Classical Concerto: Definition & Form

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  • 0:02 What Is a Classical Concerto?
  • 1:17 The Form
  • 3:36 Concertos Today
  • 4:06 Lesson Summary
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Lesson Transcript
Instructor: Erika Svanoe

Erika has taught several college music courses and has a doctorate of musical arts in conducting.

In this lesson, you will learn about the classical concerto. You will understand what instruments would perform a concerto, the form of the concerto and its movements, and how its development still affects modern concertos today.

What Is a Classical Concerto?

The classical concerto is a piece of music composed for an instrumental soloist and orchestra. It is written to feature the musical skills and expressiveness of a single musician, the soloist, while being accompanied by a large group of musicians that make up the orchestra. It was developed and became popular during the Classical period of musical history, which occurred from about 1750 to 1830.

A violinist performing with an orchestra.
A violinist performing with an orchestra.

A concerto is usually performed with the soloist standing or sitting in front of the orchestra. This helps the soloist to be heard over the large number of musicians that are accompanying him or her. However, it is the contrast of one soloist verses the many other musicians of the orchestra that gives the concerto its unique sound.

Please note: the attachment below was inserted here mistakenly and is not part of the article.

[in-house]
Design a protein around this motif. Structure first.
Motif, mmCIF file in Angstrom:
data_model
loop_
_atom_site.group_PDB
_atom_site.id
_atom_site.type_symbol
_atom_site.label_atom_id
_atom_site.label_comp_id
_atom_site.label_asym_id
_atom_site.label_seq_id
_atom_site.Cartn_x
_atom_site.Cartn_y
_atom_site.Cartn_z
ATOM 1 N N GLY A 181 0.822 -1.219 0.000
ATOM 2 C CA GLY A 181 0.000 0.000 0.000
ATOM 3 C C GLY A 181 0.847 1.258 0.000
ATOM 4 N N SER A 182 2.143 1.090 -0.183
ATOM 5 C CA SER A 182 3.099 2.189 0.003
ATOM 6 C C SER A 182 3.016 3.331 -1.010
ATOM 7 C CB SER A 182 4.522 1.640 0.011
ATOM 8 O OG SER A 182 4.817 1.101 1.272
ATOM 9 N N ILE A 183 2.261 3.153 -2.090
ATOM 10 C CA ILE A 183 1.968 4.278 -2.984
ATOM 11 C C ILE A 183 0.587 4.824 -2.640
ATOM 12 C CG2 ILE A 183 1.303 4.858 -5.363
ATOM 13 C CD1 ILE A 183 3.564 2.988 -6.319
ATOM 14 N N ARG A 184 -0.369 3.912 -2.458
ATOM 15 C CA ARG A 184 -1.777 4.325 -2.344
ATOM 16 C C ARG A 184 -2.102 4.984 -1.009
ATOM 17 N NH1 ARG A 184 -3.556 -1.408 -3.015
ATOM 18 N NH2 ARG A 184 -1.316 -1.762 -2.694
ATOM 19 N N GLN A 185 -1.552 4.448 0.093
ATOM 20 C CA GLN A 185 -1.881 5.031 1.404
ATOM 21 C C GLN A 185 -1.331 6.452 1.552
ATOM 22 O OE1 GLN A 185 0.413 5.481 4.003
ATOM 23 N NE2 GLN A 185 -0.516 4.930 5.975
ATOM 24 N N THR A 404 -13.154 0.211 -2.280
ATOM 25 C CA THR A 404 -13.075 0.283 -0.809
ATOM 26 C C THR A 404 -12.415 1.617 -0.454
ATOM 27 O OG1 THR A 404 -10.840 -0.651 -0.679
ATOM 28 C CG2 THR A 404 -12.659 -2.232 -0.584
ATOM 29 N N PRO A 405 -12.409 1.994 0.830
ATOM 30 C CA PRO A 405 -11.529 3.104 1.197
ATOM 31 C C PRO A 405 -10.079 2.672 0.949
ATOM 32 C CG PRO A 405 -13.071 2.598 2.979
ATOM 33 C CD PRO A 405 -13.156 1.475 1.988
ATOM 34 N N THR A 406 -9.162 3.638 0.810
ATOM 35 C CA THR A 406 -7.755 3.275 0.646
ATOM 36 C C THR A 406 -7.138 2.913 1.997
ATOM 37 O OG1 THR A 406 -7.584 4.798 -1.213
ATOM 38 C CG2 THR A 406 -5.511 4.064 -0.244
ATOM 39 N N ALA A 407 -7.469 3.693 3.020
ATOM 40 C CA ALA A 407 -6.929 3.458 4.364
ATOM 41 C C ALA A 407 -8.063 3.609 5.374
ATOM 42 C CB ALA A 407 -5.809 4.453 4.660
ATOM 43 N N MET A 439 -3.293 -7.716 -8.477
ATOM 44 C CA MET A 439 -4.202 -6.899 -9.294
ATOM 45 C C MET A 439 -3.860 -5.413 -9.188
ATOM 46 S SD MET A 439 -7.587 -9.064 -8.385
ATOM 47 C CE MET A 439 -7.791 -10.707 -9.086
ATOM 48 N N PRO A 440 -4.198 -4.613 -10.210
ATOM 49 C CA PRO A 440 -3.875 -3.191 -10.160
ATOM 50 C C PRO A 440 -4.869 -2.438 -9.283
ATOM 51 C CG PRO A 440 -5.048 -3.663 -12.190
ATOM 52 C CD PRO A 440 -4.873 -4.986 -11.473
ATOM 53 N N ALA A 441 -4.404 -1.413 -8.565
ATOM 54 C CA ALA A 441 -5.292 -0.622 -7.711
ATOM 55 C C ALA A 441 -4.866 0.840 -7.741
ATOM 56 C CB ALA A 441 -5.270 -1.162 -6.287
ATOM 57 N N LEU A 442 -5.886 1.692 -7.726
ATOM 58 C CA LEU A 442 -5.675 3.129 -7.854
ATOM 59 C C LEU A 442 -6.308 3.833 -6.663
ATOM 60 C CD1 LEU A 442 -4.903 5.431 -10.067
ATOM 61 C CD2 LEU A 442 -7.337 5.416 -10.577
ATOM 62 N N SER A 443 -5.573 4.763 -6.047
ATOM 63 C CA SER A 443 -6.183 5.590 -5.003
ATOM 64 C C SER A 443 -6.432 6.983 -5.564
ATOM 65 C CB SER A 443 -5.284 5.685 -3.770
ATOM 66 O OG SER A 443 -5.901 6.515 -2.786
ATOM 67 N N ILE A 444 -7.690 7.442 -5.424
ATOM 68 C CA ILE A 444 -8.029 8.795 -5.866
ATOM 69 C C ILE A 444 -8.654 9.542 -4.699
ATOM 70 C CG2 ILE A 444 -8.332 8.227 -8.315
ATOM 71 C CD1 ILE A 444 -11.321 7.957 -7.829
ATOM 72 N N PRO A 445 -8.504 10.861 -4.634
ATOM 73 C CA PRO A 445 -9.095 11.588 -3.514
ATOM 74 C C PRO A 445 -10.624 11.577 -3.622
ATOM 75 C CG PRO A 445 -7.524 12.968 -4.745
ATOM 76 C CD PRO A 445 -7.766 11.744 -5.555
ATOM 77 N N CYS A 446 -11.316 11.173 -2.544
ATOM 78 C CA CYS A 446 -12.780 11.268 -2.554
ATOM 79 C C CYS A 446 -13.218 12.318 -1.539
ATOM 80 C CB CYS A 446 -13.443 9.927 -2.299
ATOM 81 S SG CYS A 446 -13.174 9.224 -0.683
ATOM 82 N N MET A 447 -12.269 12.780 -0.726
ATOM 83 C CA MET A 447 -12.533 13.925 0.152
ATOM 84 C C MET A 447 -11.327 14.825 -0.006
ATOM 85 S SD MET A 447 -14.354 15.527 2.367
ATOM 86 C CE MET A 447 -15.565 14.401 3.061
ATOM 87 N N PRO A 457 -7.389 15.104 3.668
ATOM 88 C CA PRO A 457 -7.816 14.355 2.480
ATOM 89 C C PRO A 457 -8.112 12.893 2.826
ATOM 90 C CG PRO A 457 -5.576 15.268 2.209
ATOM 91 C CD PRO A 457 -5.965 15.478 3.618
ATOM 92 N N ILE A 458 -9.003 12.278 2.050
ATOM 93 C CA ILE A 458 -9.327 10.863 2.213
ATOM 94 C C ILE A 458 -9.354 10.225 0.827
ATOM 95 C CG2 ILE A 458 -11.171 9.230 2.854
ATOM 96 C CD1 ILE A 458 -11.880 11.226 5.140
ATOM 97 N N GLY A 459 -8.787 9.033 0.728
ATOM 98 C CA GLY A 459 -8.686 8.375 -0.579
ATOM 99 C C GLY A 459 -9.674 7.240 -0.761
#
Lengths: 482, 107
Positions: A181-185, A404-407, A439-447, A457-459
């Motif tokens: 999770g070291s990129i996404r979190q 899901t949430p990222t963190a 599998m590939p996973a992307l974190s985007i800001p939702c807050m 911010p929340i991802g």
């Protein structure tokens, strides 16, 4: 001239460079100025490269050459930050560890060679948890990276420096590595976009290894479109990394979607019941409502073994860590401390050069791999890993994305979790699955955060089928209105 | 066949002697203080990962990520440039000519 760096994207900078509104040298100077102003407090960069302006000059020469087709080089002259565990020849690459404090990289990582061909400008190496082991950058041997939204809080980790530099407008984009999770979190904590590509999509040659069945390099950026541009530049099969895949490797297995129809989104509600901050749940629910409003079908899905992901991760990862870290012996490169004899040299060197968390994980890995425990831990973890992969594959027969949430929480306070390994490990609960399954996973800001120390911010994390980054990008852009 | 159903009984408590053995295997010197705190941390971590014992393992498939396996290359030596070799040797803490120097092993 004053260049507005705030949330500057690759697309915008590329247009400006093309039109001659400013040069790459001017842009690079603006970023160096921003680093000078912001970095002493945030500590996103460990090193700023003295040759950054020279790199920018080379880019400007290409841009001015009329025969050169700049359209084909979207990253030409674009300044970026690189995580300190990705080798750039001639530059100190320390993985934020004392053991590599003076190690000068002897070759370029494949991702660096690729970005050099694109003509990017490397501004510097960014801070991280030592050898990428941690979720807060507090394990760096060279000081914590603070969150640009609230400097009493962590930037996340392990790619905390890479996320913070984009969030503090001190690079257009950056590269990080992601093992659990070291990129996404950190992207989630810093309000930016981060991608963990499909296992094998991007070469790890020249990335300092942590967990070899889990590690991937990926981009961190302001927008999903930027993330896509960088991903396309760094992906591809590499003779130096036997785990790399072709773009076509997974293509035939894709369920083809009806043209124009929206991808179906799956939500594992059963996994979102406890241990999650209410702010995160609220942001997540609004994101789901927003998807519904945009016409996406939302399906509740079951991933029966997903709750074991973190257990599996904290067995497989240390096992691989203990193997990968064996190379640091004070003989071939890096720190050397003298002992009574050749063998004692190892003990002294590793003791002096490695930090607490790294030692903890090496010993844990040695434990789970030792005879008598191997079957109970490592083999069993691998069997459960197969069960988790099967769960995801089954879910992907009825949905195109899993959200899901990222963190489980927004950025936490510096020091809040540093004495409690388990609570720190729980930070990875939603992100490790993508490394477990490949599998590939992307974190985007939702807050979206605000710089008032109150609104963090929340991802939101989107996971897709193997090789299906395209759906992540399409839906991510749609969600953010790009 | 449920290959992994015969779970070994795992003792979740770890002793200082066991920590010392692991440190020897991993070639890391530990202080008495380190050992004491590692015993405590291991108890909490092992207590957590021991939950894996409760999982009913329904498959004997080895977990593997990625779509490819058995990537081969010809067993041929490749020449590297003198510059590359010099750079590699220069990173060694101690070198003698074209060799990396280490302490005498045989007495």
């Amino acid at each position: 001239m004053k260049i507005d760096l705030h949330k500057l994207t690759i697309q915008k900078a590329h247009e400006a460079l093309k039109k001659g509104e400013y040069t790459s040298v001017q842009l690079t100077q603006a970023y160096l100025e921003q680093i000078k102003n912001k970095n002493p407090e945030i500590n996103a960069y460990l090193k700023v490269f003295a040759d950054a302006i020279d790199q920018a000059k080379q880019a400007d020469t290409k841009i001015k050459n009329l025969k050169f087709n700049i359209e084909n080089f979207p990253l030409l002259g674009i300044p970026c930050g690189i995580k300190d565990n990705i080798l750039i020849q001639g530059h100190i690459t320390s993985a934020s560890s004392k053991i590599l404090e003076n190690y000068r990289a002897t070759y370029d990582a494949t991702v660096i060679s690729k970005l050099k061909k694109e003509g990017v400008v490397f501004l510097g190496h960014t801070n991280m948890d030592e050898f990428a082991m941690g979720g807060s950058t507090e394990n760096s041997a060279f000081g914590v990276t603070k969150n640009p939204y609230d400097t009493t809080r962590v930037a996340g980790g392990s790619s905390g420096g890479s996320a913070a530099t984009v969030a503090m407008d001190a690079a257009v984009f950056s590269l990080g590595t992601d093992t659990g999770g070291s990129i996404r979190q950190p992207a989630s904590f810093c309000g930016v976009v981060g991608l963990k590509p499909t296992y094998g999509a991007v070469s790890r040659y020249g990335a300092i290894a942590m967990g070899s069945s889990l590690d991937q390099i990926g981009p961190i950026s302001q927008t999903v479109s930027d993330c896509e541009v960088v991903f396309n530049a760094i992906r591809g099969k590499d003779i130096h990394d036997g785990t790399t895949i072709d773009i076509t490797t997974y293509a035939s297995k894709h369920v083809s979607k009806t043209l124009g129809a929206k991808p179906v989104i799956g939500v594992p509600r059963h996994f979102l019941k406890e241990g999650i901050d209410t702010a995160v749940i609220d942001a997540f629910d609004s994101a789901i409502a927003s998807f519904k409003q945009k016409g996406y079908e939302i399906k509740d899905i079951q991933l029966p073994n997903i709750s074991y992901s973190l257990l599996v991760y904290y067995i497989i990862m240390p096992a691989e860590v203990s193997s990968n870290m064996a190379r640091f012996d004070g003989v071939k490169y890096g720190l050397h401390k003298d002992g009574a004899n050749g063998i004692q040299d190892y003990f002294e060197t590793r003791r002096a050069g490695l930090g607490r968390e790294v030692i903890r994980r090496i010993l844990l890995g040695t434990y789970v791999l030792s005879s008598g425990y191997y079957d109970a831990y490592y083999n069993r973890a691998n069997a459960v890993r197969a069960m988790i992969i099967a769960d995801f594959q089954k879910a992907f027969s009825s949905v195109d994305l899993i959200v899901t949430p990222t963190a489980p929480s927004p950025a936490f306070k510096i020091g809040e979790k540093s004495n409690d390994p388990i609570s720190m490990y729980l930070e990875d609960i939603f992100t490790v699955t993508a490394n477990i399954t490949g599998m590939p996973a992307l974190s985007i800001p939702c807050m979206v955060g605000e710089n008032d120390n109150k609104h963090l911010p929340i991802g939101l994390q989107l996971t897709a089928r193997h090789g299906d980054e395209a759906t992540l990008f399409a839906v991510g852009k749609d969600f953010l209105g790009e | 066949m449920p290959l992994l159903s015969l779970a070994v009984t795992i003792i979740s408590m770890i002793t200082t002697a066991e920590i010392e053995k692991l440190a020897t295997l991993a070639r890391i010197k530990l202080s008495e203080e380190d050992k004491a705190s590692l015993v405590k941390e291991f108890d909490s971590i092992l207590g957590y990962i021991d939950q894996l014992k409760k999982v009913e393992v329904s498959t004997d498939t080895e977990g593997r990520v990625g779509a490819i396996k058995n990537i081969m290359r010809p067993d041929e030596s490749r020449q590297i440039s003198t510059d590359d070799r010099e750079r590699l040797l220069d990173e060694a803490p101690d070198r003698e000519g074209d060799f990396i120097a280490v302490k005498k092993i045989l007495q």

A piano soloist performing a concerto with an orchestra.
A piano soloist performing a concerto with an orchestra.

Today, concertos are written for pretty much any solo instrument. During the Classical period, however, there were fewer instruments available and several that hadn't been invented yet. Composers typically wrote concertos for keyboard instruments, like the piano, or for the instruments of the orchestra, like the violin, cello, or wind instruments. Notable composers such as C.P.E. Bach, Mozart, and Haydn wrote concertos for several different solo instruments. You can see a portrait of Mozart here sitting at a piano, an instrument he composed several concertos for:

Mozart at the piano.
Mozart at the piano.

The Form

A classical concerto is typically a longer piece of music and is broken into three movements. A movement is a shorter piece that is put together with other movements in order to create a large, lengthy piece such as a concerto. The three movements of a concerto usually alternate in tempo, or speed, with the first and third movements using a faster tempo, and the second using a slower tempo. Let's take a closer look at each of the three movements.

The first movement of the concerto is usually set at a moderate to fast tempo. It is also usually the longest movement and uses a variant of the sonata form. A regular sonata form is built in three sections:

  • The exposition, where the main melodies are stated
  • The development, where musical ideas are developed
  • and The recapitulation, where the exposition is restated in the tonic key

However, the first movement of a concerto uses what is called a double exposition. This means that the first section of the movement is played twice, first by the orchestra alone, and the second time by the soloist accompanied by the orchestra. You can see an example of this form here:

A double exposition sonata form used in a concerto.
A double exposition sonata form used in a concerto.

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